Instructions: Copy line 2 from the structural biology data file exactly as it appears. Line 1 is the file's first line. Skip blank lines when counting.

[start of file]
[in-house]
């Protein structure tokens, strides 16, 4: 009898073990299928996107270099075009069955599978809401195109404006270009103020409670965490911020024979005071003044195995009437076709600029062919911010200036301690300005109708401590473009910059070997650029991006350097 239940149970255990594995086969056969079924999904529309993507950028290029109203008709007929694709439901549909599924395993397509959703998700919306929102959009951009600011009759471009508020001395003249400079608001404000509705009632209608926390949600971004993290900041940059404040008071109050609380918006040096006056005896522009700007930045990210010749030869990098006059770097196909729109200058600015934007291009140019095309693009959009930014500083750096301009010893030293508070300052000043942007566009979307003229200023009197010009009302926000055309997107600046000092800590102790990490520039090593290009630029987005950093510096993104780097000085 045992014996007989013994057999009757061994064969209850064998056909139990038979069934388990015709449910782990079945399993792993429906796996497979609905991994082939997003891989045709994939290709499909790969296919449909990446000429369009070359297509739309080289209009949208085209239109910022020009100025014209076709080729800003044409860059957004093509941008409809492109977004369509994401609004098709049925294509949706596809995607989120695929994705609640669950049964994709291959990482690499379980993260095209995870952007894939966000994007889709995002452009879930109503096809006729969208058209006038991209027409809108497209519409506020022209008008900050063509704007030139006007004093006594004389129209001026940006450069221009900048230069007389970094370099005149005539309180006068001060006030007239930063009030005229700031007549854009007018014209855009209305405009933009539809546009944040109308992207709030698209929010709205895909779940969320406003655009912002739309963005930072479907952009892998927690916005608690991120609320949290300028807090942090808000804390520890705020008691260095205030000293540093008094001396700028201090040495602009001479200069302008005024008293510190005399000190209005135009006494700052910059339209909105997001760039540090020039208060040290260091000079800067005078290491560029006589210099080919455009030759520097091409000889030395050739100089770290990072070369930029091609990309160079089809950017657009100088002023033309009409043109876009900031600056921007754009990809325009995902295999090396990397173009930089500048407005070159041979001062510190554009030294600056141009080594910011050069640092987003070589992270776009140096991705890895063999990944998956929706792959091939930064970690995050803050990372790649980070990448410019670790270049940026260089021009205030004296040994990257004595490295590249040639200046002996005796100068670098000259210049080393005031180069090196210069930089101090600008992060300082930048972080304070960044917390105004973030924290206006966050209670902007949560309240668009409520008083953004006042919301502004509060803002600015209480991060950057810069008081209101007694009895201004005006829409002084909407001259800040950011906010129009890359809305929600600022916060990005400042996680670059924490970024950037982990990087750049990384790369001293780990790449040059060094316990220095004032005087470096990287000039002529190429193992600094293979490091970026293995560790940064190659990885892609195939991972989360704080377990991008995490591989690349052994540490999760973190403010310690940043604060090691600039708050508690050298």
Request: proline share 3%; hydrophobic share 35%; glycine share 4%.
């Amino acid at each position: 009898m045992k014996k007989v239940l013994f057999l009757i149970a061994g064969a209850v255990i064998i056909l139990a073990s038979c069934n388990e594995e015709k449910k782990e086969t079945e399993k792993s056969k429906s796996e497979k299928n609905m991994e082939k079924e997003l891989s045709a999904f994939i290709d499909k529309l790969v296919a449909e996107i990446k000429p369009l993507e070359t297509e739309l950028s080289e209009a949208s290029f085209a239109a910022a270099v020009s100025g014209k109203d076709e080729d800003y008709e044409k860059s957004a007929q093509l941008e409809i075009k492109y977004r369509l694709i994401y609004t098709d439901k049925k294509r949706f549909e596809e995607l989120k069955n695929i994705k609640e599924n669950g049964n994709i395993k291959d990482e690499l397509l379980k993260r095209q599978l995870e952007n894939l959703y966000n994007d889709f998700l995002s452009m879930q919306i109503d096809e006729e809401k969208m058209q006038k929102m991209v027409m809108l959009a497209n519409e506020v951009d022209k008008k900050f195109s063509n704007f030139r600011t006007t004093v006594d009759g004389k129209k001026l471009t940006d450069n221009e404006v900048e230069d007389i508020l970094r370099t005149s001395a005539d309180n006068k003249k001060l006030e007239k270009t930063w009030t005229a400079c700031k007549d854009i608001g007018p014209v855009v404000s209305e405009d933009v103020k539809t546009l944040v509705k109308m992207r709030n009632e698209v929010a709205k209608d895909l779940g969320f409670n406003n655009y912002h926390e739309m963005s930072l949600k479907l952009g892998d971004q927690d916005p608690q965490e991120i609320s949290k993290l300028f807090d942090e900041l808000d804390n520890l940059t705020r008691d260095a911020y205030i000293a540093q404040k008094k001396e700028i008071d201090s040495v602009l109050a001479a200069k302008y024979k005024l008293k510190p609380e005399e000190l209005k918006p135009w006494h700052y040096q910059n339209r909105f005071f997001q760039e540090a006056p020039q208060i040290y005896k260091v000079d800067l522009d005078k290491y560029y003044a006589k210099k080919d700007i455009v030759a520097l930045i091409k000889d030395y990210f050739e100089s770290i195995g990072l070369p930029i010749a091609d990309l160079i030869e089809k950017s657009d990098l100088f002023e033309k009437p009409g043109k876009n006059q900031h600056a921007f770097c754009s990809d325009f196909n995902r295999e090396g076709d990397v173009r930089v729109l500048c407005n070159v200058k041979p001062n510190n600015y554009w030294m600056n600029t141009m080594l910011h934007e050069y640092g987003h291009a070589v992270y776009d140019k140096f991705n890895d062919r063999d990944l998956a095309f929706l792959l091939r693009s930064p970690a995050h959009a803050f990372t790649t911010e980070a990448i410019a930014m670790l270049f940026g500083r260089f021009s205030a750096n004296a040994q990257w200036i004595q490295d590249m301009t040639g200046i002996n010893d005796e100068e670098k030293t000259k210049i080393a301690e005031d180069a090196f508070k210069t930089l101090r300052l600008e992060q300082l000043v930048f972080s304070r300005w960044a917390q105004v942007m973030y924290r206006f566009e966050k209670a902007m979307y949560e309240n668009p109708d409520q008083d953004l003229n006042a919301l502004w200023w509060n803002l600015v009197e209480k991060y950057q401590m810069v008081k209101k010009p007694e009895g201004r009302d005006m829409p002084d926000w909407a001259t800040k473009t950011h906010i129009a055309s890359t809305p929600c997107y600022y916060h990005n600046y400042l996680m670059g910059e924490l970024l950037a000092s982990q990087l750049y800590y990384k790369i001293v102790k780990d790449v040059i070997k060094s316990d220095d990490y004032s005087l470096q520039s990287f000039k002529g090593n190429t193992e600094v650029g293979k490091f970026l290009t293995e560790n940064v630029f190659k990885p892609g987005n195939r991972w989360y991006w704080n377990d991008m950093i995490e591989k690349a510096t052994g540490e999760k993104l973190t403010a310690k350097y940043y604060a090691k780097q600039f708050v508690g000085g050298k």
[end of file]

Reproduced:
């Protein structure tokens, strides 16, 4: 009898073990299928996107270099075009069955599978809401195109404006270009103020409670965490911020024979005071003044195995009437076709600029062919911010200036301690300005109708401590473009910059070997650029991006350097 239940149970255990594995086969056969079924999904529309993507950028290029109203008709007929694709439901549909599924395993397509959703998700919306929102959009951009600011009759471009508020001395003249400079608001404000509705009632209608926390949600971004993290900041940059404040008071109050609380918006040096006056005896522009700007930045990210010749030869990098006059770097196909729109200058600015934007291009140019095309693009959009930014500083750096301009010893030293508070300052000043942007566009979307003229200023009197010009009302926000055309997107600046000092800590102790990490520039090593290009630029987005950093510096993104780097000085 045992014996007989013994057999009757061994064969209850064998056909139990038979069934388990015709449910782990079945399993792993429906796996497979609905991994082939997003891989045709994939290709499909790969296919449909990446000429369009070359297509739309080289209009949208085209239109910022020009100025014209076709080729800003044409860059957004093509941008409809492109977004369509994401609004098709049925294509949706596809995607989120695929994705609640669950049964994709291959990482690499379980993260095209995870952007894939966000994007889709995002452009879930109503096809006729969208058209006038991209027409809108497209519409506020022209008008900050063509704007030139006007004093006594004389129209001026940006450069221009900048230069007389970094370099005149005539309180006068001060006030007239930063009030005229700031007549854009007018014209855009209305405009933009539809546009944040109308992207709030698209929010709205895909779940969320406003655009912002739309963005930072479907952009892998927690916005608690991120609320949290300028807090942090808000804390520890705020008691260095205030000293540093008094001396700028201090040495602009001479200069302008005024008293510190005399000190209005135009006494700052910059339209909105997001760039540090020039208060040290260091000079800067005078290491560029006589210099080919455009030759520097091409000889030395050739100089770290990072070369930029091609990309160079089809950017657009100088002023033309009409043109876009900031600056921007754009990809325009995902295999090396990397173009930089500048407005070159041979001062510190554009030294600056141009080594910011050069640092987003070589992270776009140096991705890895063999990944998956929706792959091939930064970690995050803050990372790649980070990448410019670790270049940026260089021009205030004296040994990257004595490295590249040639200046002996005796100068670098000259210049080393005031180069090196210069930089101090600008992060300082930048972080304070960044917390105004973030924290206006966050209670902007949560309240668009409520008083953004006042919301502004509060803002600015209480991060950057810069008081209101007694009895201004005006829409002084909407001259800040950011906010129009890359809305929600600022916060990005400042996680670059924490970024950037982990990087750049990384790369001293780990790449040059060094316990220095004032005087470096990287000039002529190429193992600094293979490091970026293995560790940064190659990885892609195939991972989360704080377990991008995490591989690349052994540490999760973190403010310690940043604060090691600039708050508690050298």